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THEATRE: Da Kink In My Hair - by Trey Anthony

Arts Club Theatre Production


“If you want to know about a woman, touch her hair.” At Novelette’s Toronto salon, captivating stories untangle as eight distinctive women narrate their lives with honesty, humour, and joy. Both heartbreaking and uplifting, ’da Kink in my Hair is a musical testament to the challenges and triumphs in the lives of contemporary Black women. - Arts Club Theatre Company press release

Pages and research excerpts from my costume design workbook:

Part our design mission was to celebrate the colour and vibrancy of women exercising autonomy over their opinions, their choices, and their place in the world regardless of how society attempts to police their appearance and behaviour.

Many of these pages show a hairstyle for entering the salon, a hairstyle for leaving the salon, as well as a chic party look for later on in the play:

For many generations, black women’s hair has been the subject of intense discrimination.

Hair styling practices have included the application of heat and chemical straightening out of the necessity to appear more “civilized”, “respectable”, and ultimately “successful” in our western post-colonial culture. This widespread and institutionalized discrimination dates back to the early 1800s and continues to the present. Recent events of note are the signing of the California and New York State laws banning racial discrimination based on natural hairstyles. These laws were signed in July of 2019 and cover the wearing of afros, braids, cornrows, fades, Bantu knots, twists and locs.

Questions can also be raised with regards to the economic gains enjoyed by leaders in the beauty industry to continue to promote the need to buy racially specific hair products to ensure their customer base. The black beauty industry is worth approximately $2.7 billion US in the United States alone.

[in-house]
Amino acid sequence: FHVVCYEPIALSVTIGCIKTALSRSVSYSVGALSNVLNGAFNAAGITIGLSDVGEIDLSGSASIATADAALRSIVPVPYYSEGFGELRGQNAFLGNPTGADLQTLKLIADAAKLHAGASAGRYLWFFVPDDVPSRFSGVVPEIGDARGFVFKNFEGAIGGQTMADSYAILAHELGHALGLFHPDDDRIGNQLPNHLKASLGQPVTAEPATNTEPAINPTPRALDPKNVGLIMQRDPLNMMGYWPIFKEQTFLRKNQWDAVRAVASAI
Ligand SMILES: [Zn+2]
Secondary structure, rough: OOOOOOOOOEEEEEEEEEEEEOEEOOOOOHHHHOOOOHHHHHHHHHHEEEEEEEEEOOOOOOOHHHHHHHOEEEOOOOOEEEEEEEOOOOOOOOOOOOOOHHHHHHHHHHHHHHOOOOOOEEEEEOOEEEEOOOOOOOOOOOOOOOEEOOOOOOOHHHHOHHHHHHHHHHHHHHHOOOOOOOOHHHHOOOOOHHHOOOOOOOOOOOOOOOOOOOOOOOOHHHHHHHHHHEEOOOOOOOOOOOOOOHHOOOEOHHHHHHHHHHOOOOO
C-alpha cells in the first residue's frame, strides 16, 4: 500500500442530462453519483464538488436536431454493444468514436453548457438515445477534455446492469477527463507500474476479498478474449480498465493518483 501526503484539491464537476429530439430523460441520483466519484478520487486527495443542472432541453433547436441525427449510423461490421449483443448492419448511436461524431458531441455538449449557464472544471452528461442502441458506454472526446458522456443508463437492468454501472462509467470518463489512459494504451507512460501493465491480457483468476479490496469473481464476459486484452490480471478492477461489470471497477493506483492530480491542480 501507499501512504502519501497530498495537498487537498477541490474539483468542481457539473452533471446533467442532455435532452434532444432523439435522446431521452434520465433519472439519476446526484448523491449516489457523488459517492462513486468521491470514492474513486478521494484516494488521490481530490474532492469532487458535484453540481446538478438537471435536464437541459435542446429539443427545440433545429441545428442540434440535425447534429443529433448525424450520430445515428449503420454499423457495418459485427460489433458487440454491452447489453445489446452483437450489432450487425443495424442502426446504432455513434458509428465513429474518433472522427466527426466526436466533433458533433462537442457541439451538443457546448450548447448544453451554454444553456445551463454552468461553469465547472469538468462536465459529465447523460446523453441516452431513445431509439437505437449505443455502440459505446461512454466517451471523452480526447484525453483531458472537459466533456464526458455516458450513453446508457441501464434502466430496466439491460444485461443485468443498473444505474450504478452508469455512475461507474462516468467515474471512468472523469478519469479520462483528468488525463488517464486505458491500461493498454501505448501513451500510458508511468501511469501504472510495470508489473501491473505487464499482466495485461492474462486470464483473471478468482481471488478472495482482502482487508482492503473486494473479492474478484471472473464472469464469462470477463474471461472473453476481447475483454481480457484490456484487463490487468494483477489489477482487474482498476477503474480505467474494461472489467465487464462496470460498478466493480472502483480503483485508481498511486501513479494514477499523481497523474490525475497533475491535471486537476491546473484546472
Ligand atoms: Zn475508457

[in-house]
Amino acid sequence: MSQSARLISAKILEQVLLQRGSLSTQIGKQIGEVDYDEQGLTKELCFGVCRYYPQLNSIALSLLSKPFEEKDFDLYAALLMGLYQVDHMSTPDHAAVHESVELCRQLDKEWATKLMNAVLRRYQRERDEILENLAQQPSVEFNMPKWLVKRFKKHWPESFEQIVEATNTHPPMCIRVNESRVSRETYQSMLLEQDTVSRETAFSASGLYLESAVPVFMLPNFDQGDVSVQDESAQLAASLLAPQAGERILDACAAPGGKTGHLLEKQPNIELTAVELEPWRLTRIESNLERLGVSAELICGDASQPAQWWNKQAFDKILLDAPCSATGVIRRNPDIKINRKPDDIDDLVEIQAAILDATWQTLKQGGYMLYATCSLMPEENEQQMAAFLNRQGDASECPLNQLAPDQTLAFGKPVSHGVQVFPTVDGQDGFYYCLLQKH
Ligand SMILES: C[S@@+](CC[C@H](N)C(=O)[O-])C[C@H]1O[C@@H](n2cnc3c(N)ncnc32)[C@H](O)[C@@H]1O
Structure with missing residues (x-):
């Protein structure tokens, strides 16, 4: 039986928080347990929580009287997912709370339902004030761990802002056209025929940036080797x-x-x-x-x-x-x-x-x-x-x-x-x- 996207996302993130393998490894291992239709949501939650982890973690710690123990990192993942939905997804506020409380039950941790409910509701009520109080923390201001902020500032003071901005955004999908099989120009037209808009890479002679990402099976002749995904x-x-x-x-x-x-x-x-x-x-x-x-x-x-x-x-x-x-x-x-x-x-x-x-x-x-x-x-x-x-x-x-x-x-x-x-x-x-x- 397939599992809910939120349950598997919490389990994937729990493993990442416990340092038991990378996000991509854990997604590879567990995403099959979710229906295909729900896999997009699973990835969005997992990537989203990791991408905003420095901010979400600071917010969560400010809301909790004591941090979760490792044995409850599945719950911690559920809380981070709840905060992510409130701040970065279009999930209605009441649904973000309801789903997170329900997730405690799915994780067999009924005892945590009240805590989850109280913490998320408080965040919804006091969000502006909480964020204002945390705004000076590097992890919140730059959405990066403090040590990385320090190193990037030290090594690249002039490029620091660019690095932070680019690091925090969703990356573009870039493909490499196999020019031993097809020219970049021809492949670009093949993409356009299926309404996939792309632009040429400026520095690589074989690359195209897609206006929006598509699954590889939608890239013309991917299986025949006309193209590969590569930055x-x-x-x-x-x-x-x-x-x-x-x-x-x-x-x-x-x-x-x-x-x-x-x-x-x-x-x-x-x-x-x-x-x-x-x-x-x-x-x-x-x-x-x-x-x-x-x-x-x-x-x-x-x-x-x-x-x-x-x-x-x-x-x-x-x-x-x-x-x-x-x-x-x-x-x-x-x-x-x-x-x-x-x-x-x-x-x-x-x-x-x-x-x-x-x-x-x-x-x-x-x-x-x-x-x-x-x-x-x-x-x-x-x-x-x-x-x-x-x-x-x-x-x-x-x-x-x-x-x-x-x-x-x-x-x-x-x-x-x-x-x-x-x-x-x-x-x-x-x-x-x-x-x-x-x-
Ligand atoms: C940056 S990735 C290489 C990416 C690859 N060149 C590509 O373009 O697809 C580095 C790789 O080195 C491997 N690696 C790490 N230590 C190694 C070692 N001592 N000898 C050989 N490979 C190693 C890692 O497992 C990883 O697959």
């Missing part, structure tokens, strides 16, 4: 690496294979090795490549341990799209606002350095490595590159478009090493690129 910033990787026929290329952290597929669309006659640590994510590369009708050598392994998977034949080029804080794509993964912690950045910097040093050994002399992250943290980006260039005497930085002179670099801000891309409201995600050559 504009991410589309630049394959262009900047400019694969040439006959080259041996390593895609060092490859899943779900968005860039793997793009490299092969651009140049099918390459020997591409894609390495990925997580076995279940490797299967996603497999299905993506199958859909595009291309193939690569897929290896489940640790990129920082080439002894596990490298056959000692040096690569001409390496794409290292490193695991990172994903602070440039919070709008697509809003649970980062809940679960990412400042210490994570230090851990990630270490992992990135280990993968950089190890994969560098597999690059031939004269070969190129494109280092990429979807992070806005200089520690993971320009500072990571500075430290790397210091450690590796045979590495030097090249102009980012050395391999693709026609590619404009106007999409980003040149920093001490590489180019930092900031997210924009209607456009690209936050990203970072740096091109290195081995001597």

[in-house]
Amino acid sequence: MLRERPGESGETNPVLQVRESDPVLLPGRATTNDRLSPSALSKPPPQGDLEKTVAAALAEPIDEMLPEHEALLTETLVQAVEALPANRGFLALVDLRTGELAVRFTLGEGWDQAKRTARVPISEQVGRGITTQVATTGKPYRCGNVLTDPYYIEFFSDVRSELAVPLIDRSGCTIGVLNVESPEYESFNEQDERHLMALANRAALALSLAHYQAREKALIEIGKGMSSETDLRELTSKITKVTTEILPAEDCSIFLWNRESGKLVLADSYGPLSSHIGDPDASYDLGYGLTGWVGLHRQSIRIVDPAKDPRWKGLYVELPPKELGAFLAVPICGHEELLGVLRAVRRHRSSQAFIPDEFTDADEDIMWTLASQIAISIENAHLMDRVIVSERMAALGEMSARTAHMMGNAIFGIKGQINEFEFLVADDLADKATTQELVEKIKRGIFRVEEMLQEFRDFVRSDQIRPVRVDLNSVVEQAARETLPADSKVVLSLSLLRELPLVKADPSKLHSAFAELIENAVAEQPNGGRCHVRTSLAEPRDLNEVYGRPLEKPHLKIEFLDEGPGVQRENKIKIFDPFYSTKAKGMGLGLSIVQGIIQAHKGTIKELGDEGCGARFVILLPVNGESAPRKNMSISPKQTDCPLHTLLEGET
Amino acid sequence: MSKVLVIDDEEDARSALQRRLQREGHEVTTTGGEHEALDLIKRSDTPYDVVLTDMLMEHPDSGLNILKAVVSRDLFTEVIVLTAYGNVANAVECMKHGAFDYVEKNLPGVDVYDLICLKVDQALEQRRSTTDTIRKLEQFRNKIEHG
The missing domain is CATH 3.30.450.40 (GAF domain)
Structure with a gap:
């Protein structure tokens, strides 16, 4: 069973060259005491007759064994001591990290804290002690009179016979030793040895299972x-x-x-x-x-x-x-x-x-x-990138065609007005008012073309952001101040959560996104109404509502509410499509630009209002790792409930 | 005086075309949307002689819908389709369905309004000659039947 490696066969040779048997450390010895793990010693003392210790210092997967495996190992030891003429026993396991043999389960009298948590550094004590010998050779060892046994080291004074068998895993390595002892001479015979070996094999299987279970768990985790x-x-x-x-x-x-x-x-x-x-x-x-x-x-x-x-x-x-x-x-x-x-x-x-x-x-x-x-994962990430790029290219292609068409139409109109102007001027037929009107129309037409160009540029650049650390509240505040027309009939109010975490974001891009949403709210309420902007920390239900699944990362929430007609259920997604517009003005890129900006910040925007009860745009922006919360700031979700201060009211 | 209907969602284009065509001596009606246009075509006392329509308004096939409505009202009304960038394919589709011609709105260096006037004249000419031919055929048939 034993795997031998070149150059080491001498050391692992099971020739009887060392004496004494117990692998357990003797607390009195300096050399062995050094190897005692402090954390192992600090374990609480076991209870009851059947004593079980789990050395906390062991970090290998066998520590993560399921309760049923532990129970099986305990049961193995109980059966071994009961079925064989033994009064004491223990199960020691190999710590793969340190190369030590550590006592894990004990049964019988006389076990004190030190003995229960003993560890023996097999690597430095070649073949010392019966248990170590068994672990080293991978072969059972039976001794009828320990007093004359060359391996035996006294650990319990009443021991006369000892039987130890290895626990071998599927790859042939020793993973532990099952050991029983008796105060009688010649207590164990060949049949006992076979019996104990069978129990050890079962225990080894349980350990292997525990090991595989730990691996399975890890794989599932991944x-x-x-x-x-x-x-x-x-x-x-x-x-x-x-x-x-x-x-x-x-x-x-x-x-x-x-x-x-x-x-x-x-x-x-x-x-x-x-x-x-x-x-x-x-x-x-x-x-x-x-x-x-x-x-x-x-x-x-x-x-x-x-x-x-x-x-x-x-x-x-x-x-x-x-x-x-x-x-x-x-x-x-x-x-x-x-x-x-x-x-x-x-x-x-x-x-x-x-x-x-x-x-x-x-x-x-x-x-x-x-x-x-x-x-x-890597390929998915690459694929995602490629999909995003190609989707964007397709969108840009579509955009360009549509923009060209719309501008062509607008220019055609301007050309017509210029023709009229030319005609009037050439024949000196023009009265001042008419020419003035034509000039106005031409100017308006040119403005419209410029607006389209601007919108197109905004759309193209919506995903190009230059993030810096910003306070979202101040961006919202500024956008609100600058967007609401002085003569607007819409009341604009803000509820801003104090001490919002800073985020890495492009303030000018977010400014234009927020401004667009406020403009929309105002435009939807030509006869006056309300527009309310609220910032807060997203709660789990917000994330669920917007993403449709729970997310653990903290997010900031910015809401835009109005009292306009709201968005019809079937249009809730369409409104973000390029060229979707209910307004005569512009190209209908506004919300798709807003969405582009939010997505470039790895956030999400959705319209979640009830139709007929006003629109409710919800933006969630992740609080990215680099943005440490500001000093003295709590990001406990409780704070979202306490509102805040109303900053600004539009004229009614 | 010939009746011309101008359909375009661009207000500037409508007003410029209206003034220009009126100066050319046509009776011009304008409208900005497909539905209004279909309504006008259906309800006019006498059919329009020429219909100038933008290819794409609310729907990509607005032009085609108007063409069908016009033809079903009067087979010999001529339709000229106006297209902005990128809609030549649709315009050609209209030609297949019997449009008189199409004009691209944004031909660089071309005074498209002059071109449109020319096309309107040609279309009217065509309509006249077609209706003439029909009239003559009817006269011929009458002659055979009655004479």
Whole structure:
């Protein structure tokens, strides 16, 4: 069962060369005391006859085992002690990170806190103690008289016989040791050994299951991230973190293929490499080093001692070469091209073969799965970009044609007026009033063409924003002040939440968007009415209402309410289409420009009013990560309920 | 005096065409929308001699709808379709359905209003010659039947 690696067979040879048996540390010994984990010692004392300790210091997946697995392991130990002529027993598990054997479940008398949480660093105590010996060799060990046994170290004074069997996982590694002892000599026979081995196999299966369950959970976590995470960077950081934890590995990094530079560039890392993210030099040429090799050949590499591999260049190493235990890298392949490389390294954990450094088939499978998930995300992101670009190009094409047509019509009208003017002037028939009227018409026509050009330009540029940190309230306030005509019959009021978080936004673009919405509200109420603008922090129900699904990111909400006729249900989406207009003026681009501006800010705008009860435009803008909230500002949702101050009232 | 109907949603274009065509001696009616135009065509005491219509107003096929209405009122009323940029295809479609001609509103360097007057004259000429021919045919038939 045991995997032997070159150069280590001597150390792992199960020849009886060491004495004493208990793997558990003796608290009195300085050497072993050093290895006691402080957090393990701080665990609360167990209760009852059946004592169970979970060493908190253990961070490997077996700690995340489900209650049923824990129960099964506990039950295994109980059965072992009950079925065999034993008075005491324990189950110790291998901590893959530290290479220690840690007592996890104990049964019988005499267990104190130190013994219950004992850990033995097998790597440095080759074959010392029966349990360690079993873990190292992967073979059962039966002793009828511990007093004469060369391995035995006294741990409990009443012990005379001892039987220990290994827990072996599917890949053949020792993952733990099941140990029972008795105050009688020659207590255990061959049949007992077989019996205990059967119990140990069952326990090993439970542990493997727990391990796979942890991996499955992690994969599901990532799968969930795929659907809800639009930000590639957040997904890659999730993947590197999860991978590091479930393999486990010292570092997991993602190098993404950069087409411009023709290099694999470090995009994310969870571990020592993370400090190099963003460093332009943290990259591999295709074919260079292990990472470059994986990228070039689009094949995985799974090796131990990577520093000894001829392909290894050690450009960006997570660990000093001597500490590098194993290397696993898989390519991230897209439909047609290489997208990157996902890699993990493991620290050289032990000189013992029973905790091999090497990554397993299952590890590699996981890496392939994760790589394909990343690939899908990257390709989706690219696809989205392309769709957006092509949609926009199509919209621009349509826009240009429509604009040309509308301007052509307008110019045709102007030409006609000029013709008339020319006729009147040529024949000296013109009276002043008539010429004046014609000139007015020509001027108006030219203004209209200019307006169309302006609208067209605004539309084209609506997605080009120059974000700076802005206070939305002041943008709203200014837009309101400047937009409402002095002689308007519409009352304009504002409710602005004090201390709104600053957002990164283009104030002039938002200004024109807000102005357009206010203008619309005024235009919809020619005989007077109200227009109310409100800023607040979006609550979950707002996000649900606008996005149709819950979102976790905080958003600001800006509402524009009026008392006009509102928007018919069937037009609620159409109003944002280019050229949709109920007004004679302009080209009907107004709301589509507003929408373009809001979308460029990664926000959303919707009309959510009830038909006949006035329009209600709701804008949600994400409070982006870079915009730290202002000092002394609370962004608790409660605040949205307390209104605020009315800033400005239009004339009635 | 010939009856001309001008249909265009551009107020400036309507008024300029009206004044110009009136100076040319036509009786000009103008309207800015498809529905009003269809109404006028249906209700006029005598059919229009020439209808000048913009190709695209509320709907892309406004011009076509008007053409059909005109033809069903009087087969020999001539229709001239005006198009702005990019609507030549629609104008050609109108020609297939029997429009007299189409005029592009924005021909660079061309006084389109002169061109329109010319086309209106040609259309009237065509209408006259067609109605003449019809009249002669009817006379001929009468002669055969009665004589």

The natural hair of the actors is conceived to be worn in beautiful and expressive protective braided styles suitable for performing with or without the wigs.

A variety of textures and detailing in the numerous wigs, hair pieces and costumes is incorporated to elaborate on the individual strength and uniqueness of each character. These tactile qualities support the heart-wrenching monologues, often hilarious dialogues, energetic musical numbers and choreographies of Da Kink.

Elements from nature, like the floral lace detailing in the veils and the Azalea flower headdresses, represent temperance, passion, womanhood, and fragility.

Traditional African spiritual practices of the Yoruba (which include Obeah, Vodou, Santeria and Candomblé) have been integrated into the play to represent periods of healing and nurturing communion.

The driving force behind all design decisions is to express a collective self-image of black women today, in its dazzling and ever-evolving complexity.



  1. Celia Aloma as Stacey-Anne

  2. Jenni Burke as Miss Enid

  3. Lossen Chambers as Patsy

  4. Paige Fraser as Suzy

  5. Dawn Pemberton as Nia

  6. Monice Peter as Sherelle

  7. Katrina Reynolds as Sharmaine

  8. Nadine Roden as Novelette

Creative Team

  1. Ray Hogg Director

  2. Caitlin Hayes Music Director

  3. Kevin McAllister Set Designer

  4. Nalo Soyini Bruce Costume Designer

  5. Itai Erdal Lighting Designer

  6. Kate DeLorme Sound Designer

  7. Pamela Jakobs Stage Manager

  8. April Starr Land Assistant Stage Manager

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